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Review on “AMPA receptor nanoscale dynamic organization and synaptic plasticities” in Current Opinion in Neurobiology 2020

Review on “AMPA receptor nanoscale dynamic organization and synaptic plasticities” in Current Opinion in Neurobiology 2020


AMPA receptor nanoscale dynamic organization and synaptic plasticities

The emergence of new imaging techniques and molecular tools has refreshed our understanding of the principles of synaptic transmission and plasticity. Superresolution imaging and biosensors for measuring enzymatic activities in live neurons or neurotransmitter levels in the synaptic cleft are giving us an unprecedented integrated and nanoscale view on synaptic function. Excitatory synapses are now conceptualized as organized in subdomains, enriched with specific scaffolding proteins and glutamate receptors, molecularly organized with respect to the pre-synaptic source of glutamate.

This new vision of basic synaptic transmission changes our understanding of the molecular modifications which sustain synaptic plasticities. Long-term potentiation can no longer be explained simply by an increase in receptor content at the synapse. We review here the latest data on the role of nanoscale and dynamic organization of AMPA type glutamate receptors on synaptic transmission at both basal state and during short and long-term plasticities.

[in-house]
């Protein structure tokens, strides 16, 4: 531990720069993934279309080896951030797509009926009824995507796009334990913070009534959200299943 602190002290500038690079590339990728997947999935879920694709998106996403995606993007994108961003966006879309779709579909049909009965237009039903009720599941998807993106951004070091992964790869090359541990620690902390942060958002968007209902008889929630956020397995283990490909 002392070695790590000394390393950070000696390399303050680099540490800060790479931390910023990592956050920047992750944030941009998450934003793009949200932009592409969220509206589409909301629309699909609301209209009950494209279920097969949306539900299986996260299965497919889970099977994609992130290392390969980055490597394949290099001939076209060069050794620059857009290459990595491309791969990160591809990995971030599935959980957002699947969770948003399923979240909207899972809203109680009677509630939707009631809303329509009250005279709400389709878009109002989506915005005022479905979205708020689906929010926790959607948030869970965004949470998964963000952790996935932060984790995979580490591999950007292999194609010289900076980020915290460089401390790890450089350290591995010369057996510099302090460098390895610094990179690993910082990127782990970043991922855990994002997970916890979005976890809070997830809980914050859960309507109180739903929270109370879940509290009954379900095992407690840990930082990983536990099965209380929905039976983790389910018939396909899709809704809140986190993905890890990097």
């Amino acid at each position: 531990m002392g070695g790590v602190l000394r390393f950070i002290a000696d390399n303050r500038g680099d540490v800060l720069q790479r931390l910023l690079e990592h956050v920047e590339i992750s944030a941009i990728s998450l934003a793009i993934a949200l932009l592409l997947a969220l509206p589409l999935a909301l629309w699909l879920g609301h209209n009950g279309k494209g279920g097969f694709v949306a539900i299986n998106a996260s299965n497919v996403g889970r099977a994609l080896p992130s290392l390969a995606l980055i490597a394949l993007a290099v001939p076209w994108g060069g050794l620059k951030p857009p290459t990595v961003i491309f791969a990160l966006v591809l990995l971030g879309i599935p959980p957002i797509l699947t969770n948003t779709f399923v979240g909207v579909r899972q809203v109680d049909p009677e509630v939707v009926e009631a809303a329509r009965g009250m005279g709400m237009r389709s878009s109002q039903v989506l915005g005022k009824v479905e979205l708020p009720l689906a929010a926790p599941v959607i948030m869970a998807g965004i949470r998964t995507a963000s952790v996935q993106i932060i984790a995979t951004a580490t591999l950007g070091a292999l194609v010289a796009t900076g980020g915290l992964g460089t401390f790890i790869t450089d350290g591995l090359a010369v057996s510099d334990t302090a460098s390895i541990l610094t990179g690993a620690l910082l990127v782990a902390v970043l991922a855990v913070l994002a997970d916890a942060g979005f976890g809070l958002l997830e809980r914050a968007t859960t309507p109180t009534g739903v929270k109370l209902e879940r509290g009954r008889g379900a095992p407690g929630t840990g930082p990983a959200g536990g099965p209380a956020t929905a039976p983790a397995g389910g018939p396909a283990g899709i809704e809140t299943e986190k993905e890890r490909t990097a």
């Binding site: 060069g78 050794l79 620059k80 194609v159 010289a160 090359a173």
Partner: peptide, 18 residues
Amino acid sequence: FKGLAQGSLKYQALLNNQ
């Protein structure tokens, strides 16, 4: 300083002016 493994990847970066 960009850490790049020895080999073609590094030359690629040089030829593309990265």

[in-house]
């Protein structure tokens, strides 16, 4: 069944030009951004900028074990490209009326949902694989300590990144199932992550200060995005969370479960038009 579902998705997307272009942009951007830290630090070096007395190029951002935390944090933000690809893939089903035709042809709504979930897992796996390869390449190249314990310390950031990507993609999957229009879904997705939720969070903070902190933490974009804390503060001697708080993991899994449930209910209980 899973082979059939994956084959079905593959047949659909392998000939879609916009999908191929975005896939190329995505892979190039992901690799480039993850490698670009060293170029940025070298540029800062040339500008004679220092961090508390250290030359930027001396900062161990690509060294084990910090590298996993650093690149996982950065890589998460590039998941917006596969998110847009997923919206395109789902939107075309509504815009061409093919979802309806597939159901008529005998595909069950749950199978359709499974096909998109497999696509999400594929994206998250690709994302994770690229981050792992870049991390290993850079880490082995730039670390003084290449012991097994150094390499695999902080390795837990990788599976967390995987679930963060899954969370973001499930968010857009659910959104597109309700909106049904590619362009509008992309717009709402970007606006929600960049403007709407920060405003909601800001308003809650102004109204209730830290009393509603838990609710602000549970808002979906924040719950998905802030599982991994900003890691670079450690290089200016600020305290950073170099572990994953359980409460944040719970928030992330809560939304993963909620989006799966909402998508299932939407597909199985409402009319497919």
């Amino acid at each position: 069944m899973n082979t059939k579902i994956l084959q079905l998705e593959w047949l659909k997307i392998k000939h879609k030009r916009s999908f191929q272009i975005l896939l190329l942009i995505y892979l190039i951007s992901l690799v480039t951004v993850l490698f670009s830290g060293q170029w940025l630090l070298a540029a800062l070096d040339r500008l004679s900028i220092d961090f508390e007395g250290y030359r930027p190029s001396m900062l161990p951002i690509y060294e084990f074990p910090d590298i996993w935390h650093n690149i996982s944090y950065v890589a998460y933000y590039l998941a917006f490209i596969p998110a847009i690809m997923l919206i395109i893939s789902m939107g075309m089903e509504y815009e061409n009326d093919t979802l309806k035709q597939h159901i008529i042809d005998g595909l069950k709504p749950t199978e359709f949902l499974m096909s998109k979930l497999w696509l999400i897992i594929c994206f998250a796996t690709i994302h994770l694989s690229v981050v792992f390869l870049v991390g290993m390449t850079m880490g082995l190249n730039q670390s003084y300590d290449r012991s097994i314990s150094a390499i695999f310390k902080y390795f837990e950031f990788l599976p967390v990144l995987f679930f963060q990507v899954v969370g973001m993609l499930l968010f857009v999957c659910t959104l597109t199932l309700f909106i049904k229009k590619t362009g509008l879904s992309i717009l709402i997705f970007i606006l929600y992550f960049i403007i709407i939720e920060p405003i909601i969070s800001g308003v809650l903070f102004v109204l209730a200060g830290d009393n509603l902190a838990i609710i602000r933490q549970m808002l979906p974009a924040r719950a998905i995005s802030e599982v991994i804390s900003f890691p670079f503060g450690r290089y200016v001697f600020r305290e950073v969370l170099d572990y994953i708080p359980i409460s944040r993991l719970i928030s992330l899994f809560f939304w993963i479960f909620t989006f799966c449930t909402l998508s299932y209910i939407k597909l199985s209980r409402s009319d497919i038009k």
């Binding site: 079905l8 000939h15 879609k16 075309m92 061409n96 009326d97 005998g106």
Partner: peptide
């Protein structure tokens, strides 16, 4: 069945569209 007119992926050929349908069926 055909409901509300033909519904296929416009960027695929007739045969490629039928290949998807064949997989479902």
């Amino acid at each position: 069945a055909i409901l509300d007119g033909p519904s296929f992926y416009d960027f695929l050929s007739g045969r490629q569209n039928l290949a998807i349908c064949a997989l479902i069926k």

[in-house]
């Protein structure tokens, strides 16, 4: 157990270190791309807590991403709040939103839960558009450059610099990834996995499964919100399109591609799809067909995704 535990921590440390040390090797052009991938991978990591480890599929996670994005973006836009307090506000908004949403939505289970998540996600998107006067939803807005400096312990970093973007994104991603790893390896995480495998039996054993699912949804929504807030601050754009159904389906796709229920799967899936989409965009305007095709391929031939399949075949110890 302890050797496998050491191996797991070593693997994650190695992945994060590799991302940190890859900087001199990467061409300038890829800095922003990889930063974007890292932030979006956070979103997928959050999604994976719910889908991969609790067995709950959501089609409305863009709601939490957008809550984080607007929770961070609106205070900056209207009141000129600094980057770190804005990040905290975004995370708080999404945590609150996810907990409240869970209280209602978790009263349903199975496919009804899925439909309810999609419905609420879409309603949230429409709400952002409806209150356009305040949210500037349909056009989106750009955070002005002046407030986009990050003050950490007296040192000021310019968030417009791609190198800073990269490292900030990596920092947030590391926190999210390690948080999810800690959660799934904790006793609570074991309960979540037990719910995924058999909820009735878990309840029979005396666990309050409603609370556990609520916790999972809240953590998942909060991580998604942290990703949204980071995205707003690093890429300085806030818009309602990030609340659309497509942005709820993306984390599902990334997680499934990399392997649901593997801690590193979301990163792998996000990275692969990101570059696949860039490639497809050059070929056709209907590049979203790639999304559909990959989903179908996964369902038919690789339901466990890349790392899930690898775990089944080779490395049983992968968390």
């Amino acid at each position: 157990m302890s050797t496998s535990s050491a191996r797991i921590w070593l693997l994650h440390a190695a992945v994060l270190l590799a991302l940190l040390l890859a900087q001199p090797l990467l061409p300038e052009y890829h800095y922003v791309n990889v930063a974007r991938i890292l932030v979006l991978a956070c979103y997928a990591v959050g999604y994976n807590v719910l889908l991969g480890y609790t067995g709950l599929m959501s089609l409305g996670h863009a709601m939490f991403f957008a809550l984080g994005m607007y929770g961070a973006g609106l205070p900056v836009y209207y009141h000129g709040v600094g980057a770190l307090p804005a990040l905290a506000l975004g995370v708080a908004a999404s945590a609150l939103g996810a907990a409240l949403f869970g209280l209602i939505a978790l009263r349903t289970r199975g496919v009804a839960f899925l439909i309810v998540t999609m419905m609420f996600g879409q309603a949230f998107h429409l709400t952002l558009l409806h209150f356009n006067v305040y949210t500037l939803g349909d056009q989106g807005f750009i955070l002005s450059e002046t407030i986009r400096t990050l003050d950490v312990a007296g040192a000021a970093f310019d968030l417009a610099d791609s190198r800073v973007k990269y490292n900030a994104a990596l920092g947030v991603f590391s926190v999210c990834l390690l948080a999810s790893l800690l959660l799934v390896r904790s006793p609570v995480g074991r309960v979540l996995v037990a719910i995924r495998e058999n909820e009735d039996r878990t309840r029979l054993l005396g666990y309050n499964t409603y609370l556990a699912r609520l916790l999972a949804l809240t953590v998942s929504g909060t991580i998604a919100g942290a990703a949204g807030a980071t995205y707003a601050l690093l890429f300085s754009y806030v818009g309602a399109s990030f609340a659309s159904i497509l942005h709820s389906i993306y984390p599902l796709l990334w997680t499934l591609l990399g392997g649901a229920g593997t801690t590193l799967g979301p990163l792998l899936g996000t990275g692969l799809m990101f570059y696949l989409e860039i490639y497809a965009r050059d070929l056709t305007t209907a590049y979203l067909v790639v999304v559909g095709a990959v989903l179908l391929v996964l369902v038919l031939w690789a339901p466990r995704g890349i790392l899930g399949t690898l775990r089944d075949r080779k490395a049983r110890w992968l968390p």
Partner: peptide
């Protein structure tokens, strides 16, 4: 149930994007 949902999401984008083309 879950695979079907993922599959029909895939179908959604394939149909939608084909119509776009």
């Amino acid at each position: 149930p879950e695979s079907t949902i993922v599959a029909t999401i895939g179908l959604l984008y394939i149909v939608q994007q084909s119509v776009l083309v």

Nanoscale organization of pre and postsynaptic complexes. Upper left inset is a zoom on the presynaptic release machinery, trans-synaptic organization via neurexin/ neuroligin adhesion proteins and post-synaptic AMPAR nanodomains and their cluster of scaffolding proteins. Upper right inset represents in color code the modeling based concentration of glutamate reached at the post-synapse following single vesicle release. Dash lines represent at the scale the size of AMPAR nanodomains (grey) and PSD (dark). Images on the right show single color d-STORM AMPAR organization (upper), the inhomogeneity of the density inside the synapse clearly appears on the density color coded image.



- Current Opinion in Neurobiology - Volume 63, August 2020, Pages 137-145
https://doi.org/10.1016/j.conb.2020.04.003

- Contacts: Daniel Choquet and Eric Hosy